Clinical OMICS

MAR-APR 2017

Healthcare magazine for research scientists, labs, pathologists, hospitals, cancer centers, physicians and biopharma companies providing news articles, expert interviews and videos about molecular diagnostics in precision medicine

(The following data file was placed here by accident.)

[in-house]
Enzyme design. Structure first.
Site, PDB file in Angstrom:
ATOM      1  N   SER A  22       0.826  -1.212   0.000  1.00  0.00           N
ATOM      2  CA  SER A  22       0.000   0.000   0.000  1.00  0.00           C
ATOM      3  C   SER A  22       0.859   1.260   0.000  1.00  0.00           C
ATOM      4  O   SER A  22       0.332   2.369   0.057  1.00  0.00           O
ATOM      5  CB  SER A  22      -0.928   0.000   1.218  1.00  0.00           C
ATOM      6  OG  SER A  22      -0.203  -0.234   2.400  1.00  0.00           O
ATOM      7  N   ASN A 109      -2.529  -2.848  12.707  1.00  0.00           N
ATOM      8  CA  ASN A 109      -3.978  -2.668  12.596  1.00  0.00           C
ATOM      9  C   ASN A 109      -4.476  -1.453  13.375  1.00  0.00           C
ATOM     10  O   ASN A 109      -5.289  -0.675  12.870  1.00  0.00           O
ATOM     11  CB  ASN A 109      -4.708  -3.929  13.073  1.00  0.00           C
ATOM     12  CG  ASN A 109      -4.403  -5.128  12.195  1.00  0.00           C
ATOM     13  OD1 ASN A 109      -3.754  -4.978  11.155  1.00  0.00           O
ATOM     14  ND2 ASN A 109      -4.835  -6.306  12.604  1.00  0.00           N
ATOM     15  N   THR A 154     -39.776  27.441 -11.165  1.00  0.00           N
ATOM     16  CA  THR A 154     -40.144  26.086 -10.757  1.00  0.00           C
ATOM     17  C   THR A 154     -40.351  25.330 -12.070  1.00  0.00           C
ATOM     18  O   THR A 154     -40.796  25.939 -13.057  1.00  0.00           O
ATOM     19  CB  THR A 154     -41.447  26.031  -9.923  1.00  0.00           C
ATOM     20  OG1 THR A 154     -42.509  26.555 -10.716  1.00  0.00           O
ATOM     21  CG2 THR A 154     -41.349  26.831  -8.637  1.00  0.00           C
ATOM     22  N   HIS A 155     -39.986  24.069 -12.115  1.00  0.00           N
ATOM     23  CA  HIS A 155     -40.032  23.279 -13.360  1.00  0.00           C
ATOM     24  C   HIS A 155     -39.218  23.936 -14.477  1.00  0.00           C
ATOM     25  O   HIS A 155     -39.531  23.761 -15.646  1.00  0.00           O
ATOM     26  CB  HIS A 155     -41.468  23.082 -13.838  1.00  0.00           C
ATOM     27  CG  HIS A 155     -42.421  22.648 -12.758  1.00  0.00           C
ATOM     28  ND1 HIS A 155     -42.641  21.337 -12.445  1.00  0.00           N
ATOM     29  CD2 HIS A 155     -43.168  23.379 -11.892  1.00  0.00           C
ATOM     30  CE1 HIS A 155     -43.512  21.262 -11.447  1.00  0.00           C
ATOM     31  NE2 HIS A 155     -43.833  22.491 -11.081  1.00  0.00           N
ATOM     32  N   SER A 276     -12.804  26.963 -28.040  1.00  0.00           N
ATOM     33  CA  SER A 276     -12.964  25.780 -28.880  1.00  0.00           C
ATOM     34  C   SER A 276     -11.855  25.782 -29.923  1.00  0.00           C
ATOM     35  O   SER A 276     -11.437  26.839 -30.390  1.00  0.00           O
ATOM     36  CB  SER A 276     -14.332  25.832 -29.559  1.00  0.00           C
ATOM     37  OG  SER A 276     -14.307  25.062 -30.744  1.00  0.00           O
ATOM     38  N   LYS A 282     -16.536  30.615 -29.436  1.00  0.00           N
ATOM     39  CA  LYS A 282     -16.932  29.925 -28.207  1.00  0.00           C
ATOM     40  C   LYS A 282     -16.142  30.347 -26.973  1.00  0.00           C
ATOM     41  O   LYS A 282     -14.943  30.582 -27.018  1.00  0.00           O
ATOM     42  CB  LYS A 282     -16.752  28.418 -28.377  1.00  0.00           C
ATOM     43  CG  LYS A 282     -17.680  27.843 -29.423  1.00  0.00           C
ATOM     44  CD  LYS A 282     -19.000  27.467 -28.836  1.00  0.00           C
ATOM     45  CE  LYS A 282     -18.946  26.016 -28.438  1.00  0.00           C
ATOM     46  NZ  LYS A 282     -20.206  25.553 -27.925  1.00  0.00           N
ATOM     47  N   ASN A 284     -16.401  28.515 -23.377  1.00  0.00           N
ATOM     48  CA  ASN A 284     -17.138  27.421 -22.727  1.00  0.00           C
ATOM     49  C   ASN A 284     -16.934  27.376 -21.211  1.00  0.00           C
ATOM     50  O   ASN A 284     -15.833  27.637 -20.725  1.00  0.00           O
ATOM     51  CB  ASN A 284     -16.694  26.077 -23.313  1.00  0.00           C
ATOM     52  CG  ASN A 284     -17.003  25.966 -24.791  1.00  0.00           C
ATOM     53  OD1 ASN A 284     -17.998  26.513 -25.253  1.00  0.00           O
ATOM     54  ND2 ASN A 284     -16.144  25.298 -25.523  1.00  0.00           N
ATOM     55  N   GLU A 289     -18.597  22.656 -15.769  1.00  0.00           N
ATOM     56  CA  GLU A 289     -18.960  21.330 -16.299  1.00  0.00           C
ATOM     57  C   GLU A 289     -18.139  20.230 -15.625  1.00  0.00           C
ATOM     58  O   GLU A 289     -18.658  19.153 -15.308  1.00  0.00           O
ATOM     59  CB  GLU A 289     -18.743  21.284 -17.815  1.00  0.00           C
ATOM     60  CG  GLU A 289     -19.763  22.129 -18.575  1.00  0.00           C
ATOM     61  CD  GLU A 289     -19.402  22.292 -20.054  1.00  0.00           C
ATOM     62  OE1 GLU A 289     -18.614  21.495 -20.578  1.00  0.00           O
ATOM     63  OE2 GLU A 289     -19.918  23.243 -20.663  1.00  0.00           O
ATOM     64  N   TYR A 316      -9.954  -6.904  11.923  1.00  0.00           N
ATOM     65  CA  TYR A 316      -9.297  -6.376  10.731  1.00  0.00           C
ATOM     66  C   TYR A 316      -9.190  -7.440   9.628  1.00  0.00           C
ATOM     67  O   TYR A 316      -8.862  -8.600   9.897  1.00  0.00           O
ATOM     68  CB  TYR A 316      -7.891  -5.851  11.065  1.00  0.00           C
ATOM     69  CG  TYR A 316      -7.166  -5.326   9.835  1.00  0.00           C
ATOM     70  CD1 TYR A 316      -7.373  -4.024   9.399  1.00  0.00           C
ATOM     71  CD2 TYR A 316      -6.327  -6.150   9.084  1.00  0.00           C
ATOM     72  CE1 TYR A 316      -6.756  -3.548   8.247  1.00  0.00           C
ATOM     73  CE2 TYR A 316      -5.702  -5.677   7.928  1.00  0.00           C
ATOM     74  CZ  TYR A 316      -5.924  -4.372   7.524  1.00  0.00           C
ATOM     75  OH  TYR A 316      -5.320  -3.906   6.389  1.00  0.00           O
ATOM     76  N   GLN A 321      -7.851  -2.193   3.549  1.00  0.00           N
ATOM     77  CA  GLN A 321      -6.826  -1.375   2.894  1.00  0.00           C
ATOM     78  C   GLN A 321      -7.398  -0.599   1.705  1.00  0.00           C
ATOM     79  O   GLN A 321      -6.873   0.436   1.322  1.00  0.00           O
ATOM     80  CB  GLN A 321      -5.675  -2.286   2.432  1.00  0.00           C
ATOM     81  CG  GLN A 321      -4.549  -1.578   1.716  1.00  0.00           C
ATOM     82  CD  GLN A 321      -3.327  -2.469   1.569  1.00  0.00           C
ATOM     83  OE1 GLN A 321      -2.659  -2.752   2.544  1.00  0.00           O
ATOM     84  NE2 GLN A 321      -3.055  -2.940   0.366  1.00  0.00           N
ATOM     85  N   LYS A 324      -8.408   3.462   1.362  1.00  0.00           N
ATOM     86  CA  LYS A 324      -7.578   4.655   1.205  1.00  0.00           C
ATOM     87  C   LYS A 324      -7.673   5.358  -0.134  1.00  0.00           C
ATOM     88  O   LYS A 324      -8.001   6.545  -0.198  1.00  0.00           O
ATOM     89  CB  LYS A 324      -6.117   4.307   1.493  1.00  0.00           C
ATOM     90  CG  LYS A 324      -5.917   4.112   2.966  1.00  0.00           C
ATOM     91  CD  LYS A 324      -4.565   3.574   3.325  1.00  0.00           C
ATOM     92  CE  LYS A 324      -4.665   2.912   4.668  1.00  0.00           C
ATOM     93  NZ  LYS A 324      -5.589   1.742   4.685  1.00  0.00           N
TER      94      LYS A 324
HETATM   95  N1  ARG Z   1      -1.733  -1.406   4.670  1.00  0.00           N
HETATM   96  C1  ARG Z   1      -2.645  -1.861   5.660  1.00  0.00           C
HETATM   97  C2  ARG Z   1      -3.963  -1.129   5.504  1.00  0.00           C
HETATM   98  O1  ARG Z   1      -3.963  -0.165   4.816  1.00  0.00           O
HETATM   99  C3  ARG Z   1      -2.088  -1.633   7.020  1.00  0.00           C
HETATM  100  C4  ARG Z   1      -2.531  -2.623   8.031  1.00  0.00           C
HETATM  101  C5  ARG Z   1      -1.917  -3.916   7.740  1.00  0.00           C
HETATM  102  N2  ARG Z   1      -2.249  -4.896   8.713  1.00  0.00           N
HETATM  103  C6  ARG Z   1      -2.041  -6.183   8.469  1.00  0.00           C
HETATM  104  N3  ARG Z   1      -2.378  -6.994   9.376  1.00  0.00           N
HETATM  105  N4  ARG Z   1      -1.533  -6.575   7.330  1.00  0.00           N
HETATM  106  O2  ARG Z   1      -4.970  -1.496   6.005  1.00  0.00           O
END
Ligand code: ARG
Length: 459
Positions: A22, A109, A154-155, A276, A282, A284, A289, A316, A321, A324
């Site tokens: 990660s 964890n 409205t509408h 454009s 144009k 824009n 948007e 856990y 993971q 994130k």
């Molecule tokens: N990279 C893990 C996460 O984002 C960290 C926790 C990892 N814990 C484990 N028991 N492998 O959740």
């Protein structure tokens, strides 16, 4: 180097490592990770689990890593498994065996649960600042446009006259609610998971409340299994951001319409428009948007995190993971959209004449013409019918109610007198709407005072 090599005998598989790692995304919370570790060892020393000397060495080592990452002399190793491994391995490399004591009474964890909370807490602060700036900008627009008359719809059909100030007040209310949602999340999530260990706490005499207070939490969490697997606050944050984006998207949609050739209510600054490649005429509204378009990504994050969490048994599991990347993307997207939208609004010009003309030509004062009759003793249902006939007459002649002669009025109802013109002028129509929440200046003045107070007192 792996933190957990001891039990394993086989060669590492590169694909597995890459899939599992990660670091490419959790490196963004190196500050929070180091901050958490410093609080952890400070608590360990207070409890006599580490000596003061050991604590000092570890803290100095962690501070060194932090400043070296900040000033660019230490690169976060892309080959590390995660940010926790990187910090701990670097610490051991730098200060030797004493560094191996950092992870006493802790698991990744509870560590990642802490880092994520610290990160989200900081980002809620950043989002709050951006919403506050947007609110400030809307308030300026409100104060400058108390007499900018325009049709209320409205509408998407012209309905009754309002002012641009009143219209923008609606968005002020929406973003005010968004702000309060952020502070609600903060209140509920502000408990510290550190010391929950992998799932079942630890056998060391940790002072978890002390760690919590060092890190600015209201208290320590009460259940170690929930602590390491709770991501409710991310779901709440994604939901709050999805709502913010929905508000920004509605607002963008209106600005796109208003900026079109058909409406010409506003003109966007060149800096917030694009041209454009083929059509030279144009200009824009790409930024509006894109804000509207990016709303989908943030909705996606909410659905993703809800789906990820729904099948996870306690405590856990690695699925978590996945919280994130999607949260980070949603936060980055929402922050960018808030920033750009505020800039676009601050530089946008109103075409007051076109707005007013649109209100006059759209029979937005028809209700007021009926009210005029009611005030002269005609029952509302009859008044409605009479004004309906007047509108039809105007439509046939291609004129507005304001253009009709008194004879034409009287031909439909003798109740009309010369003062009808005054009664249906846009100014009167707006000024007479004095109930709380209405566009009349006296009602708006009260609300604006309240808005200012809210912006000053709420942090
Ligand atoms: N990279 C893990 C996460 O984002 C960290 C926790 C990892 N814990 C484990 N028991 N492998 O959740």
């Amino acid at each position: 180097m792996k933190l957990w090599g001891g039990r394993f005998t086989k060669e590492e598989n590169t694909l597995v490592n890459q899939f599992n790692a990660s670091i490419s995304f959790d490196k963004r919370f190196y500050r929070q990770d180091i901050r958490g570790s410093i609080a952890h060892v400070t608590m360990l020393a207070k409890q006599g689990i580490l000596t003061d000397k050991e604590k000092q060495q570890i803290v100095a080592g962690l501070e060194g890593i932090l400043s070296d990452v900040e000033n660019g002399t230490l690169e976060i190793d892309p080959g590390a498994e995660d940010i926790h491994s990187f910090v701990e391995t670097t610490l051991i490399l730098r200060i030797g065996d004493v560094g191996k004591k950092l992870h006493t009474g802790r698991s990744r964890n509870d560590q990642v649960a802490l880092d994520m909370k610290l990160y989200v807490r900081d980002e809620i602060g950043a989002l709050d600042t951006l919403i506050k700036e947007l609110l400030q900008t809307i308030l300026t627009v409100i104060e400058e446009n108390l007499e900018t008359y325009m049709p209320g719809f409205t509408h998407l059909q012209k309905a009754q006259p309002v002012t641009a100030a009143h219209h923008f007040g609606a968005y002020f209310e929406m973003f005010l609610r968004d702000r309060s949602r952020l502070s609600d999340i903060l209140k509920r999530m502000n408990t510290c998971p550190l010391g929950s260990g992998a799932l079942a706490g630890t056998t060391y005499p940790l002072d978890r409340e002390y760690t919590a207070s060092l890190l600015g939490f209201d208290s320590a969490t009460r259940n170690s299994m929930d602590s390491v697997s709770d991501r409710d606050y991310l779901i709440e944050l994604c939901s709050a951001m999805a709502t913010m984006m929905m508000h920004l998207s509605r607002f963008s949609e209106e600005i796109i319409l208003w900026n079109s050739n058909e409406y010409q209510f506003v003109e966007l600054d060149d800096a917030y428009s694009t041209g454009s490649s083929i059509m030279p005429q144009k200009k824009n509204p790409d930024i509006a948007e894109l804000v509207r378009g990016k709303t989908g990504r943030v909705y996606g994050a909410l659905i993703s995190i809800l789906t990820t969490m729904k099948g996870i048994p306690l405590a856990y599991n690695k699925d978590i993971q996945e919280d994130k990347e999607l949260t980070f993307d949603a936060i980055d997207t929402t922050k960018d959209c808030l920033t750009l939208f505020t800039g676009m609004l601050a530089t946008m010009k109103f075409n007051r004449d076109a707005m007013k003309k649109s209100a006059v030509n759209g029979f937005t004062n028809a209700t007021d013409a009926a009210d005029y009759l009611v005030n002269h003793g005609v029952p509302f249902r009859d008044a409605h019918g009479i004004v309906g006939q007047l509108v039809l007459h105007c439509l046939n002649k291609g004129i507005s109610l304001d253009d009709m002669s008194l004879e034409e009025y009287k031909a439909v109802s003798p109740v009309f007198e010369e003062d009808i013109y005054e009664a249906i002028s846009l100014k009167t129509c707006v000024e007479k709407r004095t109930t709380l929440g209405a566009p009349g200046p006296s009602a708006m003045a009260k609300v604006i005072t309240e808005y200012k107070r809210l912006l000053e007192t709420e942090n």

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www.clinicalomics.com March/April 2017 Clinical OMICs 27 The questions about the utility of liquid biopsy included whether enough relevant material was shed into the blood, and whether that amount was easy to detect and assay . Fur- thermore, tissue biopsy has long been the gold standard for testing, and is well understood . At the time the consensus was that "anybody who wants to do a liquid biopsy needs to prove it is at least going to be as good as what we are currently using," Brunel noted. Today, amid significantly improved collection and anal- ysis techniques, Helmy Eltoukhy, Ph . D . , CEO of Guardant Health, says the adoption of liquid biopsy has followed the same adoption curve as other disruptive technologies, and agrees with Brunel's assessment . "When you look at the revolution from wired to wireless technology, wireless only took off when it could provide the same experience and the same capabilities that its wired counterparts could," Dr. Eltoukhy said. "It is the same thing we see with liquid biopsies—that critical inflection point was getting to a level of performance tantamount to the tis- sue counterparts." Liquid Biopsy in Clinical Care While academic medical centers have been exploring the practical uses of liquid biopsy, and momentum has been building for a few years, work published last April in JAMA Oncology by Geoffrey Oxnard, M.D., and colleagues at Dana Farber Cancer Institute on the use of digital drop- let polymerase chain reaction (ddPCR) for liquid biopsy in non-small cell lung cancer (NSCLC), clearly moved the needle toward application of the technology in the broader medical community . The research, which compared results of liquid biopsy to standard tissue biopsy for the detection of EGFR and KRAS mutations, found the "predictive value" of plasma ddPCR was 100% for the primary EGFR mutation and the KRAS mutation . In other words, a patient who tested positive for either of these two mutations was certain to have that muta- tion in their tumor . For patients with the EGFR resistance mutation, the predictive value of the ddPCR test was 79%, meaning the liquid biopsy method found additional cases with the mutation that were missed using standard tissue biopsy . "There is the possibility that by checking [NSCLC patients] this way to see if they are EGFR mutant or whether they have a KRAS mutation, will give you insight to about half the patients that walk in the door within, potentially, a couple of days," said George Karlin-Neumann, Ph.D., director of scientific affairs at the Bio-Rad Digital Biology Center . "Speed can be important in getting patients treated weeks, or maybe a month or more earlier, by doing the liq- uid biopsy." Paul Walker, M . D . , chief of hematology/oncology at the Brody School of Medicine at East Carolina University had Yu-Hang Tang, Brown University / US Government Work (continued on next page) Red blood cells (red) and circulating tumor cells (green) traveling through a microfluidic cell-sorting device as simulated by UDEVICEX.

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